News: Malaysia lockdown: Workers, bosses scramble to find temporary housing

Apr 1, 2020

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As Malaysia embark on its second leg of national lockdown to curb the spread of COVID-19, some of the Malaysian workers in Singapore are now weighing up their options, which include going home, while their employers try to search for cheap hotels and rental flats or consider offering temporary loans to help them find a place to stay.

This comes as the Singapore government has decided to stop the temporary housing support it has given to such workers.

In fact, some affected employers are facing financial challenges to keep the Malaysian workers housed within the city-state.

Among them is Abba Maintenance Services owner Peter Peng, who previously opened up his own house to three Malaysian workers, reported Today Online.

He now rents a Housing Board flat in Bukit Merah to house five workers in need of accommodation.

Peng revealed that he will shoulder the monthly rental cost of between S$3,000 and $4,000, in the hopes that his employees will be motivated to do good work in return.

“If it comes to a point where we need the cleaners to share the burden with us, we will do it bit by bit and make the adjustments accordingly,” he added.

Toby Koh, Group Managing Director of security company Ademco Security, shared that his company tried to obtain extensions at the two hotels where his 26 Malaysian workers were staying, but failed to do so since the hotels were fully booked for the next 14 days.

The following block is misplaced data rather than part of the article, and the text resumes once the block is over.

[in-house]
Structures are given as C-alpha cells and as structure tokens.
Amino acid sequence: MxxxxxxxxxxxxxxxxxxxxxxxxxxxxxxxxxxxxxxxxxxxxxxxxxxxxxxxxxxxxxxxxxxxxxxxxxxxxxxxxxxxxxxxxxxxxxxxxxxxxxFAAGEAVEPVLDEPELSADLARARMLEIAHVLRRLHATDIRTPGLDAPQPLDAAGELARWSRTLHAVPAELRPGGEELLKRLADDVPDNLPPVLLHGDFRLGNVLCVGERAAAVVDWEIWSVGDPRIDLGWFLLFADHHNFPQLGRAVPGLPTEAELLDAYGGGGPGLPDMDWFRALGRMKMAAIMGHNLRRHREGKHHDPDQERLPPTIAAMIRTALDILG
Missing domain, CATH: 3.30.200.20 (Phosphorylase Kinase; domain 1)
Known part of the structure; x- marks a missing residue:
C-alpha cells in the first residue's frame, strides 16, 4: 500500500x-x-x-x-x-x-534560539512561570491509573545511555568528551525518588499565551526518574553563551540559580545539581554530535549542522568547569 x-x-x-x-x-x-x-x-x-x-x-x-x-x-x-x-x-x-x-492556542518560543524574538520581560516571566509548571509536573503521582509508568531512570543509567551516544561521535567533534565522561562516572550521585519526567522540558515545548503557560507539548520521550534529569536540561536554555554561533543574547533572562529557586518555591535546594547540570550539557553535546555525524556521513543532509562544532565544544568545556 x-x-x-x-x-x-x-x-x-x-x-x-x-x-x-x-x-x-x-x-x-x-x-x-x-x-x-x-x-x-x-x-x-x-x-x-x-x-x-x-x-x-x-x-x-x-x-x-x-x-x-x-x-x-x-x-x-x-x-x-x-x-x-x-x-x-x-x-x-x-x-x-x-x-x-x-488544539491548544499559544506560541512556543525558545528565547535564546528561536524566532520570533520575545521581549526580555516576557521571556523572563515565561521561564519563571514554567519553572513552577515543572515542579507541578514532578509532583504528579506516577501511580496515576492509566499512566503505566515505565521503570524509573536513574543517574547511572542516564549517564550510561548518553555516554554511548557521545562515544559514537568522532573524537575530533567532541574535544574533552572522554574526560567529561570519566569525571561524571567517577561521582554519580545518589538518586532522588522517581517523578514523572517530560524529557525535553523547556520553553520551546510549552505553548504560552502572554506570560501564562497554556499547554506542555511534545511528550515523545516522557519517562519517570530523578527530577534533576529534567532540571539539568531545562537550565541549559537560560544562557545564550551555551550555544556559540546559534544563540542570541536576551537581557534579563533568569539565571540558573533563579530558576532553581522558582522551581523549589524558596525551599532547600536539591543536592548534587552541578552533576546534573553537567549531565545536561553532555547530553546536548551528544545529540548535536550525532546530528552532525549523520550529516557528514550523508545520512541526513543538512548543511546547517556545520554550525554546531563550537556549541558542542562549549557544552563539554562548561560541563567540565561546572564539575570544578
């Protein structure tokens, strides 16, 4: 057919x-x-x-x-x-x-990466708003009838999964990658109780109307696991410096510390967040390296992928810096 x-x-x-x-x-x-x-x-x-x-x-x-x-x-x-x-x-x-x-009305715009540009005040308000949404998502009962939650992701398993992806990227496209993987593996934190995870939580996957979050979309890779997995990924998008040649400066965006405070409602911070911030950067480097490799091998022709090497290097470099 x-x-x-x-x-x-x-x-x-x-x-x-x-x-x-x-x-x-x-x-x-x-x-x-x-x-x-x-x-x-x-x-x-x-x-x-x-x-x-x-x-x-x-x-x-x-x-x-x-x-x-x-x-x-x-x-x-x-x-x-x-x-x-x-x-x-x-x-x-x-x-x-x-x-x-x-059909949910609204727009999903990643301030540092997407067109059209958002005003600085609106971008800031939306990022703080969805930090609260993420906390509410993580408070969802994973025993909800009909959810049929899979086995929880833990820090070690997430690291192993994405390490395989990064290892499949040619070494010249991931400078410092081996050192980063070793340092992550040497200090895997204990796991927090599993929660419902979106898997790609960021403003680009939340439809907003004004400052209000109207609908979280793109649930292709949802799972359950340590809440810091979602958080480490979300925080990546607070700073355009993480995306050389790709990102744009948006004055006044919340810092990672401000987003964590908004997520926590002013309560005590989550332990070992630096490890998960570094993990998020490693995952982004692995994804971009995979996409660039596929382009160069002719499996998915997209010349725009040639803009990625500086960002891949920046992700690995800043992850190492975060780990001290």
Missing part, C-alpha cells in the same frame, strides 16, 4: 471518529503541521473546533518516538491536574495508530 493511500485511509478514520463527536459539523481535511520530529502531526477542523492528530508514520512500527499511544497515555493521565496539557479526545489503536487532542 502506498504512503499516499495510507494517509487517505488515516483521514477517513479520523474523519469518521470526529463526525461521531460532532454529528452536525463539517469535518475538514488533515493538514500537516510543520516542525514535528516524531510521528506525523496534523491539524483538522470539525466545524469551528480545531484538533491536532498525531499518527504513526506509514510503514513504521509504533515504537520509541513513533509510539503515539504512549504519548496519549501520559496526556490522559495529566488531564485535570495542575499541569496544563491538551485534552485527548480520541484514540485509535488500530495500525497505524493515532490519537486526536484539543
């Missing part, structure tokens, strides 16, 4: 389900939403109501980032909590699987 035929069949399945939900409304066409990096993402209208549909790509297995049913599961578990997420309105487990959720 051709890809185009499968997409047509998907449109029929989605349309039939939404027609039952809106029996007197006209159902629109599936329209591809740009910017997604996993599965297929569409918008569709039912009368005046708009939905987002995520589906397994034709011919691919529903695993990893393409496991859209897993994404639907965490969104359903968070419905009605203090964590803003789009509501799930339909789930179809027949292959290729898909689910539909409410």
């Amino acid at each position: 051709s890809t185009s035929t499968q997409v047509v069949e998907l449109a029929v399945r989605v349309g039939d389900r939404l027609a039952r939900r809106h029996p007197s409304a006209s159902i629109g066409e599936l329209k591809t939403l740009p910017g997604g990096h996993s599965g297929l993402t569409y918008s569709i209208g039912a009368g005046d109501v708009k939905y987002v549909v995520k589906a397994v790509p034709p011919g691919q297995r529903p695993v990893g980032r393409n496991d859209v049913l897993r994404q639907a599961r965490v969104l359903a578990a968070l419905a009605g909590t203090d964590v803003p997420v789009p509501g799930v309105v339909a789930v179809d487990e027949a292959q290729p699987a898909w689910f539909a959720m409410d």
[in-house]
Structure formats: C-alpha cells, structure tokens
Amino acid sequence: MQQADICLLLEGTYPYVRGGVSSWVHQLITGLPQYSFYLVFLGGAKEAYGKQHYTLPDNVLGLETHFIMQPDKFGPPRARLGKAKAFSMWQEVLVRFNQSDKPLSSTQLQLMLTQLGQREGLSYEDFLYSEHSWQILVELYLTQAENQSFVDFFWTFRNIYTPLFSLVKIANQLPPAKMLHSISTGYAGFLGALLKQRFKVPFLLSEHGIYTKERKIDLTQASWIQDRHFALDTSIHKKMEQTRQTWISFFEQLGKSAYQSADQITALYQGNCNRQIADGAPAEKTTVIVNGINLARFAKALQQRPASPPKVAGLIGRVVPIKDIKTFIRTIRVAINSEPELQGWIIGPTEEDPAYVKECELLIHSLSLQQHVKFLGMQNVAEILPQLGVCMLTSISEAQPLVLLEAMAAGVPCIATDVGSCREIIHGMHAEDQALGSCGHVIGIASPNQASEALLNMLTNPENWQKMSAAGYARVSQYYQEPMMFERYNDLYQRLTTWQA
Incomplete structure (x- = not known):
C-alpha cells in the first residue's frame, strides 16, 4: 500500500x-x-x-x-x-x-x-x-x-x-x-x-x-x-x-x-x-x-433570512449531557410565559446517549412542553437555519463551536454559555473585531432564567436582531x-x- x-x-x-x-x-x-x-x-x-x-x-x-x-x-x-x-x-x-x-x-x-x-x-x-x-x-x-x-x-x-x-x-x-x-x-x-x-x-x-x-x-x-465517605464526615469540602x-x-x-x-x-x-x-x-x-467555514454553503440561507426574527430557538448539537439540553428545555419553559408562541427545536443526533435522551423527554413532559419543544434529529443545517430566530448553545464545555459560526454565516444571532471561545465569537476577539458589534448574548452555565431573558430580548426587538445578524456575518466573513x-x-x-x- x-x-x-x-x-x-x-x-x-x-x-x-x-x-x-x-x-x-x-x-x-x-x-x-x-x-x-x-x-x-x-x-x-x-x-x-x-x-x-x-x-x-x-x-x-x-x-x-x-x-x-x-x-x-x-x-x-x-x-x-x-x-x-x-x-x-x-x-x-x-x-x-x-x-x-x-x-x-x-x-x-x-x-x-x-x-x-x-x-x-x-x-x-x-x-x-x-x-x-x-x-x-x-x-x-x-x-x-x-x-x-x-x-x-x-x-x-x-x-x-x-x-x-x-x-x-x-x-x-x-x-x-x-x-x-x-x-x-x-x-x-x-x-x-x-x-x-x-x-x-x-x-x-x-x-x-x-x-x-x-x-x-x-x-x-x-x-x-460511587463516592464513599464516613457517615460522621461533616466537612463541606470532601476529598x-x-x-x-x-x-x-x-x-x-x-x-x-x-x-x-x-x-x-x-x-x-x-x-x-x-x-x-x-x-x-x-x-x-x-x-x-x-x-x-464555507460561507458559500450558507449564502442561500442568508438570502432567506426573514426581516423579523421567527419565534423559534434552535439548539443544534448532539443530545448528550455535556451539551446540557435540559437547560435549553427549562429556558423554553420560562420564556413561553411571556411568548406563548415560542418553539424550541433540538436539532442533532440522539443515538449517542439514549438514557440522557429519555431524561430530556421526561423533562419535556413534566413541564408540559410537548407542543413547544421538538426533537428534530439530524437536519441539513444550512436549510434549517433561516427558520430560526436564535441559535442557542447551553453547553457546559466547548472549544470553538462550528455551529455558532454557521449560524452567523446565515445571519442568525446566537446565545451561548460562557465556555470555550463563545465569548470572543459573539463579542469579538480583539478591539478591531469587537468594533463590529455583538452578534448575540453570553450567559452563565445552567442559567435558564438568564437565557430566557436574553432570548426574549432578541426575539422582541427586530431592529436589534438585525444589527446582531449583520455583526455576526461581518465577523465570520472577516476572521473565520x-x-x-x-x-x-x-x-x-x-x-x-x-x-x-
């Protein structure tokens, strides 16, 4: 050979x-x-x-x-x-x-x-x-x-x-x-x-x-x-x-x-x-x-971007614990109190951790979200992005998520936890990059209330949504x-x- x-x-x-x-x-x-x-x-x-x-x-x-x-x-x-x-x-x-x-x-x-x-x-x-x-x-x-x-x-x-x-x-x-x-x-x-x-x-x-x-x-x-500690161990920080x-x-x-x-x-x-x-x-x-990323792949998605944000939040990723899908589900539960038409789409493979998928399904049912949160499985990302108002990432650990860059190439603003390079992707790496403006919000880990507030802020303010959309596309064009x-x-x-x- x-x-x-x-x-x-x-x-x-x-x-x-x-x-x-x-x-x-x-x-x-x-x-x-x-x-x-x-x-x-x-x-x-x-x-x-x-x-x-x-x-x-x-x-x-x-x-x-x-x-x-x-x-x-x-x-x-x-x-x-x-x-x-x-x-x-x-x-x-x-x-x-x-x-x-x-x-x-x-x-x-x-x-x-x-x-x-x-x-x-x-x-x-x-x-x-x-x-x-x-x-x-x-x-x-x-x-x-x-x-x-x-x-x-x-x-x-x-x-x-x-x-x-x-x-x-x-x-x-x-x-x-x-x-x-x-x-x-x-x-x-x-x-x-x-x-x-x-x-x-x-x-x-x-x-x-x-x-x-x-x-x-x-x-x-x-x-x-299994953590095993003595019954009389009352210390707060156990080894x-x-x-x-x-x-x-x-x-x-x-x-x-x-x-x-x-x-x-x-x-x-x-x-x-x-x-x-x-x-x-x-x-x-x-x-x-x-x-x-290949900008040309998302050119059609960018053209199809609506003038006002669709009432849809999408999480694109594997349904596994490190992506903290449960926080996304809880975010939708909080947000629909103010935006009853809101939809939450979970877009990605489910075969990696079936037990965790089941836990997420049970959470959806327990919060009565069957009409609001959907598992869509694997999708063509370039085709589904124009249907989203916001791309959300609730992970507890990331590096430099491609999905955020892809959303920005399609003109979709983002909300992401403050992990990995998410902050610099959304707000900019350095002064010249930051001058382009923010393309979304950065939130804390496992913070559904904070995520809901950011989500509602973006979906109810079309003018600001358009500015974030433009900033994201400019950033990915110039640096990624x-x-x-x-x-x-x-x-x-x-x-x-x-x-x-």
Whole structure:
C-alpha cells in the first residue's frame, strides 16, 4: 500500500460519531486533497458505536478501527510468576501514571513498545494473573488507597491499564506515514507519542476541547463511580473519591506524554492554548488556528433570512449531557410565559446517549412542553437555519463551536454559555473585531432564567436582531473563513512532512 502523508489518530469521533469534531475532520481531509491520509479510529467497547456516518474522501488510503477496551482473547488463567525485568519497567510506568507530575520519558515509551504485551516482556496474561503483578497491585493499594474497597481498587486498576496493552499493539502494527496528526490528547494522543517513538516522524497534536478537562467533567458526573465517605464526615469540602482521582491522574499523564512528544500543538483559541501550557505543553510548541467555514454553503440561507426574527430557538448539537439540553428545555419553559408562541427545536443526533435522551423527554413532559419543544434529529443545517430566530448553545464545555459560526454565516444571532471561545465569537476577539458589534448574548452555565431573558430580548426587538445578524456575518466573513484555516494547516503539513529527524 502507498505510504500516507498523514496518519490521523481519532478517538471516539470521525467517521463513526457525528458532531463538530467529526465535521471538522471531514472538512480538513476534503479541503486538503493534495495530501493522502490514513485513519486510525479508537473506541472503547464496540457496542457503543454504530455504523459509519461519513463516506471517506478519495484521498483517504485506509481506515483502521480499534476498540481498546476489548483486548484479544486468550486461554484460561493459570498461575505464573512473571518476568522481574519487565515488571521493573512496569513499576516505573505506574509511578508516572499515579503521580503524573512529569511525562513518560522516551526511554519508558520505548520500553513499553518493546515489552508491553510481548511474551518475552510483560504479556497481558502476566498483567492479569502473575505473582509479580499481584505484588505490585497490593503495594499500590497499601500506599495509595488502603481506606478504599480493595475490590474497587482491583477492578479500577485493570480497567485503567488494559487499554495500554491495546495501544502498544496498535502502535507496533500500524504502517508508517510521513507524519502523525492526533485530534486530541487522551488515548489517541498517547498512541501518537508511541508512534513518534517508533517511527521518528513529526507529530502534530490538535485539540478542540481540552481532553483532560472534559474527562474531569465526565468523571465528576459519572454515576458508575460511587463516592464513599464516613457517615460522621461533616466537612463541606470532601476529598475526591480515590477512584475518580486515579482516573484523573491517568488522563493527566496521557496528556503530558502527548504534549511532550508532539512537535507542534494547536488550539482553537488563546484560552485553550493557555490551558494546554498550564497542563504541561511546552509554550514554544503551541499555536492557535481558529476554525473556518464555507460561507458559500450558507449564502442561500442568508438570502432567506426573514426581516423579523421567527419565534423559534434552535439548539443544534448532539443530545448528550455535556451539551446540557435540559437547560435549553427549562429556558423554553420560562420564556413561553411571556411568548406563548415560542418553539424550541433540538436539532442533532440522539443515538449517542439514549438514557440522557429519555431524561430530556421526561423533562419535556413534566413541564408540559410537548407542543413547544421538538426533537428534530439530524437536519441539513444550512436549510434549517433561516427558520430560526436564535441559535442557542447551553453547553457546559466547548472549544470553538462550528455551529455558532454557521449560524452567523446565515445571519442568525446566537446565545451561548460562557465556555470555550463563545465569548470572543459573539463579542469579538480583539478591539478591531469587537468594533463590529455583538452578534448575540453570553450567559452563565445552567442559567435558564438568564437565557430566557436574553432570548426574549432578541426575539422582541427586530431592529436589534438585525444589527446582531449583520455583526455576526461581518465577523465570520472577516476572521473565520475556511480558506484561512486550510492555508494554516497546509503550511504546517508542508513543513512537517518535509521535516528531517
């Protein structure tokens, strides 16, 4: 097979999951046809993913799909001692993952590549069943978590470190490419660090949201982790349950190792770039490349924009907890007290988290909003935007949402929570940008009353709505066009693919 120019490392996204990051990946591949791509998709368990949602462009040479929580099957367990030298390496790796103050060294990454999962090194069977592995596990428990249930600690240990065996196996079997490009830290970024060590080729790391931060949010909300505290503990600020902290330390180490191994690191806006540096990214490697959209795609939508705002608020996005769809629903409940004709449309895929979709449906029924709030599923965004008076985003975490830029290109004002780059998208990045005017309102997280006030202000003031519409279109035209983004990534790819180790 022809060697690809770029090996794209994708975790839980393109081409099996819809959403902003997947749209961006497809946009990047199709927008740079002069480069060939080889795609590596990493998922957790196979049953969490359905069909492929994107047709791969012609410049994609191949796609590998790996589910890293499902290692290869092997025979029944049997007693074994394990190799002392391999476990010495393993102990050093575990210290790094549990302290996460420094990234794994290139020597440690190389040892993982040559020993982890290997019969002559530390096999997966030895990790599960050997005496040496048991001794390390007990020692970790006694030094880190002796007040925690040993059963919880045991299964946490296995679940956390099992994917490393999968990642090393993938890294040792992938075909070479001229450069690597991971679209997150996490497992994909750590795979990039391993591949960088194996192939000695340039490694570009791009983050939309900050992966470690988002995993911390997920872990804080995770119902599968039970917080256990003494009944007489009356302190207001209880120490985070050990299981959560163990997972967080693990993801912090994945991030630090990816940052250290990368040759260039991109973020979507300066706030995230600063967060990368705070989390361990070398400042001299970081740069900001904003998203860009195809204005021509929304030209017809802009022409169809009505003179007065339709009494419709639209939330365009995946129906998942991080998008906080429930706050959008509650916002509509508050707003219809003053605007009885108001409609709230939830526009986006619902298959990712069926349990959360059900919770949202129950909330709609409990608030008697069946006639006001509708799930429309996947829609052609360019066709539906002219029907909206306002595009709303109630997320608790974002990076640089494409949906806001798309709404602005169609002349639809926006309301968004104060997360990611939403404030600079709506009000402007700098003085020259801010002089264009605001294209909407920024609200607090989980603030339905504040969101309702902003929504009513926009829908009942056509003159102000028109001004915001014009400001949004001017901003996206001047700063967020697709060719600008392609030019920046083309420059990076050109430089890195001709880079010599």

His associated called up to 10 hotels, only to discover that rates had already gone up at some hotels, apparently to take advantage of the spike in demand.

Eventually, they settled for Yotel on Orchard Road, which charged around $60 per room.

Along with the $10 daily food subsidy provided by his firm to its workers, Koh noted that the total cost for his company hovers at around $15,000 for the additional two-week period.

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Meanwhile, warehouse storekeeper Armel Sharil, who was found sleeping rough near Kranji MRT Station earlier in the month, shared that his employer told him that he should find shelter on his own.

“If they can’t pay for my accommodation, I might consider returning to Johor Bahru as I can’t afford to pay for my own,” said the 31-year-old, noting that he cannot afford Singapore’s high cost of living.

 “I love my job and I don’t want to lose it but I have no choice. When I calculate the cost of food and accomodation for two weeks, it adds up to S$500 which can be converted to RM1,500. That’s a lot of money,” said the father of two children.

Azreenawaty Salim, a 45-year old dishwasher, revealed that she may return to sleeping rough near Kranji MRT Station in the event she finds no place to stay.

“I don’t have family members or relatives here. My friends are also struggling to find a place to stay,” she said.

The hotel accommodation provided by her employer will only be till 1 April.

“I know the Singapore government has done its best to help us, we are very grateful for that. Now we need to deal with this problem ourselves,” she said.

Eugenia Rosaline Shlaen edited this story. To contact her, e-mail eugenia@propertyguru.com.sg

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